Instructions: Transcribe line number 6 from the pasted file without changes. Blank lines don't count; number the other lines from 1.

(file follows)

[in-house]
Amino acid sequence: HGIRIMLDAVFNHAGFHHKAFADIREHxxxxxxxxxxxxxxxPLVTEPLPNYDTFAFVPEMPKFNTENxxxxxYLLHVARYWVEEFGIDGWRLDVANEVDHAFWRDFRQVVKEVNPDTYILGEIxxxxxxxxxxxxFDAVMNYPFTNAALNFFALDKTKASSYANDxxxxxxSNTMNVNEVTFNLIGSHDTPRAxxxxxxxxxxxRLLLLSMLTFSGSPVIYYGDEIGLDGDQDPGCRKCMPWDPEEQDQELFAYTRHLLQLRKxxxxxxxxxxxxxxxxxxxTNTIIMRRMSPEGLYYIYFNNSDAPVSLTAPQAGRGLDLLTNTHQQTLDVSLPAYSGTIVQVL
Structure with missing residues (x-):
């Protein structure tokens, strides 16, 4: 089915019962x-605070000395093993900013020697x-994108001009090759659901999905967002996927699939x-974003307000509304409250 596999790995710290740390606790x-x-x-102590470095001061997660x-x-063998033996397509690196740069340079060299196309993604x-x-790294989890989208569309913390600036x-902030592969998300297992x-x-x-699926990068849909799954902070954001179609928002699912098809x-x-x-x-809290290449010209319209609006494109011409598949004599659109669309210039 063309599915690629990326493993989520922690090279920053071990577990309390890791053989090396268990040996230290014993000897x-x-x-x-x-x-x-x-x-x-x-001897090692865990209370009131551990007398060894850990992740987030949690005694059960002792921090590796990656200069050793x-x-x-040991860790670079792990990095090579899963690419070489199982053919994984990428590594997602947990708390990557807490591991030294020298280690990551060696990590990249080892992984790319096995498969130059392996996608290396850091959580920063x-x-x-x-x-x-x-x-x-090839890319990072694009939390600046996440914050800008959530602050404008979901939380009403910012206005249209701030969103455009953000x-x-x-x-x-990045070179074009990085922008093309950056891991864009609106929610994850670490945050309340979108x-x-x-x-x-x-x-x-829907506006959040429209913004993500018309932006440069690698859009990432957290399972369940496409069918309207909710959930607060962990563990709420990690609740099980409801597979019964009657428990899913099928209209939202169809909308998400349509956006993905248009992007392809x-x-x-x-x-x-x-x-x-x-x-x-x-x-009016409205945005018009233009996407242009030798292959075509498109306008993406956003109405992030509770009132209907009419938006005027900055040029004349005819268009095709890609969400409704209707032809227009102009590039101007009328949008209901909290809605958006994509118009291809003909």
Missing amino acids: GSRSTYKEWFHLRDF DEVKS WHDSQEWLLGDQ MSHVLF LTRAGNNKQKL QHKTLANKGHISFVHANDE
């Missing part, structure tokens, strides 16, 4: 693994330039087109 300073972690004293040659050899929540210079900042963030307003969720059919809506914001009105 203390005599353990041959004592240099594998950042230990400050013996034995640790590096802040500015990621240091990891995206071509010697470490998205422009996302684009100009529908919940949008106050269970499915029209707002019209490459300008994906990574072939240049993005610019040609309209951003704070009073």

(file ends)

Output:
């Missing part, structure tokens, strides 16, 4: 693994330039087109 300073972690004293040659050899929540210079900042963030307003969720059919809506914001009105 203390005599353990041959004592240099594998950042230990400050013996034995640790590096802040500015990621240091990891995206071509010697470490998205422009996302684009100009529908919940949008106050269970499915029209707002019209490459300008994906990574072939240049993005610019040609309209951003704070009073």